10.19.2022 Equity investors have been remarkably resilient in the face of an unprecedented Fed fight against generational inflation. Over the last 30 days, the S&P has moved more than one percent in nearly half of the trading days, with two trading days exceeding two percent. October 13th stands out as the day the Dow surged 828 points despite a hotter-than-expected September inflation report.
While most investors celebrate market surges, there’s one constituency, besides short sellers, who’s actively rooting against the market right now. The Fed. Fed officials, blaming the wealth effect, believe a sustained equity rally would undermine their ability to combat inflation. That’s because 20% of US households own equities and their spending, particularly on discretionary goods and services, is tied to how rich they’re feeling. Market gains have historically led to higher discretionary spending which the Fed argues is inflationary. History shows that the relative performance of high-end retailers relative to their low-end counterparts is highly correlated to the markets’ direction. Market gains mean more demand Prada shoes.
It shouldn’t come as a surprise that every time the market surges Fed governors come out of the woodwork to bang the drum for higher rates and tighter financial conditions. It’s a strategy we call the “Federal Open Mouth Policy.” Just this morning Minneapolis Fed President Neel Kashkari asserted the Federal Reserve can’t pause its campaign of monetary policy tightening once its benchmark interest rate reaches 4.5% to 4.75% if “underlying” inflation is still accelerating. His remark was clearly directed at the equity market’s impressive gains earlier this week. Equities, which rose earlier this morning, sold off in response to his comments. It’s a pattern. Market rallies one day and Fed proxies tamp down investor enthusiasm the next. This starkest example the Fed’ strident gum flapping was Chairman Powell’s Jackson Hole remarks on August 26, stating, “We are taking forceful and rapid steps to moderate demand so that it comes into better alignment with supply, and to keep inflation expectations anchored. We will keep at it until we are confident the job is done.” Equity markets subsequently lost 15% over the next five weeks.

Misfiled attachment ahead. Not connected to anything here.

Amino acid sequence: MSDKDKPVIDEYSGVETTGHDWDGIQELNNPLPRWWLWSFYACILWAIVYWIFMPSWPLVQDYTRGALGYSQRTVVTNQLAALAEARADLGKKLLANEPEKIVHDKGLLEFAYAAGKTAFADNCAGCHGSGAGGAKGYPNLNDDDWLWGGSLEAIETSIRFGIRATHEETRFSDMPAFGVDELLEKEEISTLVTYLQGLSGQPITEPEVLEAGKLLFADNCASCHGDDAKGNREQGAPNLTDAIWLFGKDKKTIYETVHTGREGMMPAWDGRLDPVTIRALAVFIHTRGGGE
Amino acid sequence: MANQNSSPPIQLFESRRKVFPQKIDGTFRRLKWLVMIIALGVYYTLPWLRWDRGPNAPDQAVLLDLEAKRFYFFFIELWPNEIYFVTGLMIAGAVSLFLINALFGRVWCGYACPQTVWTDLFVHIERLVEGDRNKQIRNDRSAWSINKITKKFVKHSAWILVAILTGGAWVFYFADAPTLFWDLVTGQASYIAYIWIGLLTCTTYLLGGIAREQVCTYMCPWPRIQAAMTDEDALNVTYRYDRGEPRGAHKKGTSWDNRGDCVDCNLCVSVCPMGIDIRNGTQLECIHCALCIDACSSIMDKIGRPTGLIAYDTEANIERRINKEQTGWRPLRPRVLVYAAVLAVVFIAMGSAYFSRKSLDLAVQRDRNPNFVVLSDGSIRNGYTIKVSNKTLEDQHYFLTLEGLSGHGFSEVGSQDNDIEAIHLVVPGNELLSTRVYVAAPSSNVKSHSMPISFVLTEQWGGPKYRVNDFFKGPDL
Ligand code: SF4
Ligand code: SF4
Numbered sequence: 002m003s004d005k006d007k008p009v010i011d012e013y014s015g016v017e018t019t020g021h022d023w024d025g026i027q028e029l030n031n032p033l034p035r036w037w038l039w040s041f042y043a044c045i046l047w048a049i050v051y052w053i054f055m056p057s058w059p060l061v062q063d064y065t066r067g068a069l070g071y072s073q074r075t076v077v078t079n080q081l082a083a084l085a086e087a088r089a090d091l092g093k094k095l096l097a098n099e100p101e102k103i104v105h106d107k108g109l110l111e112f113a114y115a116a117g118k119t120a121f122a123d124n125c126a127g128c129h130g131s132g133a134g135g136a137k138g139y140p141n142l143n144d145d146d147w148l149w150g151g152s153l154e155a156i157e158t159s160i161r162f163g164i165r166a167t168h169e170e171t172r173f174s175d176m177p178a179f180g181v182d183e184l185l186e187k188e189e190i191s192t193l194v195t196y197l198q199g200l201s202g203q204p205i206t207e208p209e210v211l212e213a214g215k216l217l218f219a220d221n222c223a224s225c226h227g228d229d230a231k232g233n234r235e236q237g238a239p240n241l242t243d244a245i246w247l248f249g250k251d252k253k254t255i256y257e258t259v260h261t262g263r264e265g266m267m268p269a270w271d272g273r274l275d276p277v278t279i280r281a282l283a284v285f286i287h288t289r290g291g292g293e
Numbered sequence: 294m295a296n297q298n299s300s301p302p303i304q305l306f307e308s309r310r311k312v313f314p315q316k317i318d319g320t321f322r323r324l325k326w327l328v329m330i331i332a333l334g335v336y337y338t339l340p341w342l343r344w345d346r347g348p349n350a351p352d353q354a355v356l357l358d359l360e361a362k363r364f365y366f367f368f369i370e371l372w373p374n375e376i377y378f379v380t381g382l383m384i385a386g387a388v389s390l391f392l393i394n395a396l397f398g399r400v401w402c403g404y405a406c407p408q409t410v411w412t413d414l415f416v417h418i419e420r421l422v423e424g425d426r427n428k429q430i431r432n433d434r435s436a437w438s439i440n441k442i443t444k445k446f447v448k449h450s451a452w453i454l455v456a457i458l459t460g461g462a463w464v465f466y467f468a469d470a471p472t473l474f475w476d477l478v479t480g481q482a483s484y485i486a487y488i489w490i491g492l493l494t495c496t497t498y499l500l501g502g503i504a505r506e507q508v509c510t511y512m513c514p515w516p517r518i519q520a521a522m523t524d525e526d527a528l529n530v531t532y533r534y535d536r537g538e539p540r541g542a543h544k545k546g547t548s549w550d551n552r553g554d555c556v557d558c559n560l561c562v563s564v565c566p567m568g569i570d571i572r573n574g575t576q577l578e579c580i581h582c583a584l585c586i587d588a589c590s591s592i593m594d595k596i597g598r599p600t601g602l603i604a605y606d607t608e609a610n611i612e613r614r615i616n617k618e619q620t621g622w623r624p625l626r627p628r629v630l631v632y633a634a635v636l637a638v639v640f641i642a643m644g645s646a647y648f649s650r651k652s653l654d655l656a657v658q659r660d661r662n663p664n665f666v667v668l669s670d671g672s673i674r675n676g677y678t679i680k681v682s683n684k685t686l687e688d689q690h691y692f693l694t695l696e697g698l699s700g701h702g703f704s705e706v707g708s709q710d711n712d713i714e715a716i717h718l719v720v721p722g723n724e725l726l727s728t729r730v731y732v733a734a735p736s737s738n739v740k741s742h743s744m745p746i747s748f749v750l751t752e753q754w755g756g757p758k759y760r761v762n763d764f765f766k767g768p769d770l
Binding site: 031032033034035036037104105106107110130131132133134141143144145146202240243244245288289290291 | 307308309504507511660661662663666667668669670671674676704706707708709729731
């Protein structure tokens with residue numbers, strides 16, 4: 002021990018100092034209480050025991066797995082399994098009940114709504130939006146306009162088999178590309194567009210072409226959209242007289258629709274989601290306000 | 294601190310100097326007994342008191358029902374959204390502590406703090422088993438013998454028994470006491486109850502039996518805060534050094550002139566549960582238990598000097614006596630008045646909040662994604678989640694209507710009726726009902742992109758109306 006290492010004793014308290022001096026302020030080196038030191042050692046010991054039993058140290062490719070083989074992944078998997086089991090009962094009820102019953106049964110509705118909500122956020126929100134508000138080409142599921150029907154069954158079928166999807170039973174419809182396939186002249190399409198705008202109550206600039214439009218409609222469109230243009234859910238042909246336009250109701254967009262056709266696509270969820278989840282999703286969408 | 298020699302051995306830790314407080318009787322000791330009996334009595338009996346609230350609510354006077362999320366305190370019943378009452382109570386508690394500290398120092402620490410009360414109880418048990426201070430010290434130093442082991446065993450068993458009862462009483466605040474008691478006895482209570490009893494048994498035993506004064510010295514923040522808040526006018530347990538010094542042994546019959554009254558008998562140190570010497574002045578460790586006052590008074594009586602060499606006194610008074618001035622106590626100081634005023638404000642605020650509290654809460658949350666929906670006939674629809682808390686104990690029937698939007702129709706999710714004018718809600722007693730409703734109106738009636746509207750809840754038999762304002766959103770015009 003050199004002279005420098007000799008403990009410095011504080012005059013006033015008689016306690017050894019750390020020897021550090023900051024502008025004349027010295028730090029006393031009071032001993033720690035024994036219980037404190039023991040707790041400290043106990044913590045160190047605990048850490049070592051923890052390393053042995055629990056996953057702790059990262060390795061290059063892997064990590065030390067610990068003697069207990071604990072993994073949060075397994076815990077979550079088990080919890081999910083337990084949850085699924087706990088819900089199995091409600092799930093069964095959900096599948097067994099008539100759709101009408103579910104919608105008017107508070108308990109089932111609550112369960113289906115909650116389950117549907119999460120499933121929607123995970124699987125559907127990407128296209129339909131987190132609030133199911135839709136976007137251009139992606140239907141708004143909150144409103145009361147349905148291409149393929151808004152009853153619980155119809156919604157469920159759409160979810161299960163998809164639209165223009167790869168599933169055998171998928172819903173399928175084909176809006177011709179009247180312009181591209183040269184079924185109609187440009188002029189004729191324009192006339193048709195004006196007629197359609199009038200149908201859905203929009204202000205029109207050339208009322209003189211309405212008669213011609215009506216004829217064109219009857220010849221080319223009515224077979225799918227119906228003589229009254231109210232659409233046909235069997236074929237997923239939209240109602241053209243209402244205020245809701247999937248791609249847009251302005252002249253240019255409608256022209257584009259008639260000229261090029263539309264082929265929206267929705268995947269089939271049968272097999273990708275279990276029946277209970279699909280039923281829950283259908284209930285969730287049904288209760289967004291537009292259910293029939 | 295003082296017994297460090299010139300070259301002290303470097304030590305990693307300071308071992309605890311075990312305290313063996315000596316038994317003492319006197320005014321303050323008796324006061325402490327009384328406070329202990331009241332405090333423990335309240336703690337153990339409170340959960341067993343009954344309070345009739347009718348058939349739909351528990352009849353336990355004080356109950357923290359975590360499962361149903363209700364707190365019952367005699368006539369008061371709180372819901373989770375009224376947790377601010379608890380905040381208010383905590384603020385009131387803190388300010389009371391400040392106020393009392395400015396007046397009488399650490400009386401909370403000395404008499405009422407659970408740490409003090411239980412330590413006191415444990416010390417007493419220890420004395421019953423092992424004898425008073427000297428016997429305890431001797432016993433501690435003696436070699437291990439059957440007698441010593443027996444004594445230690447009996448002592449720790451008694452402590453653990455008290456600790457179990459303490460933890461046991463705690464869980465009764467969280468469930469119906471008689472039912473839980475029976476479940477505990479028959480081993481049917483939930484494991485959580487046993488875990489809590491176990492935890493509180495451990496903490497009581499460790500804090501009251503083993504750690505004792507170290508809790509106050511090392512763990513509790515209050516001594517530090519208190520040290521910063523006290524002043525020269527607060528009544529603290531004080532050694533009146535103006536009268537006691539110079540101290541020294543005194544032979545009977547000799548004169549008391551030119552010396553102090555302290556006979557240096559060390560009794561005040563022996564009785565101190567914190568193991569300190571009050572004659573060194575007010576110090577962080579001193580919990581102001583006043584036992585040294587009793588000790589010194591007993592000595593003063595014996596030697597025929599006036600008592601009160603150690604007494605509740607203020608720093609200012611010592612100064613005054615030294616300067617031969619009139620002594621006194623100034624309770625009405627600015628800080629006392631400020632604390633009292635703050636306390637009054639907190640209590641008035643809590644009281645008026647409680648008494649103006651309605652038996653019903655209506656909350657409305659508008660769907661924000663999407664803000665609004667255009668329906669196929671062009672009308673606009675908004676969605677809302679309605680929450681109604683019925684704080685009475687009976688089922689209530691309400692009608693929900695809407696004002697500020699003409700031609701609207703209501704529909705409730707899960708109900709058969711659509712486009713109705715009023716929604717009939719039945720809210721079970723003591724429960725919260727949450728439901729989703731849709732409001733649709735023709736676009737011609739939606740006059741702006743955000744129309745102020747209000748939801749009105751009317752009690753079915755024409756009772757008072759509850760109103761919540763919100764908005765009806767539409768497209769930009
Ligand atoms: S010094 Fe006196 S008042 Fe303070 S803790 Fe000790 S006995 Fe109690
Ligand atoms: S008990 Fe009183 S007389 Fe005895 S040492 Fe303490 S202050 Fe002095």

While we embrace investor enthusiasm, we have enough battle scars to know not to agitate the Fed. We believe US central bankers will conspire to beat down investor optimism until they believe inflation is under control. Until then, we recommend caution.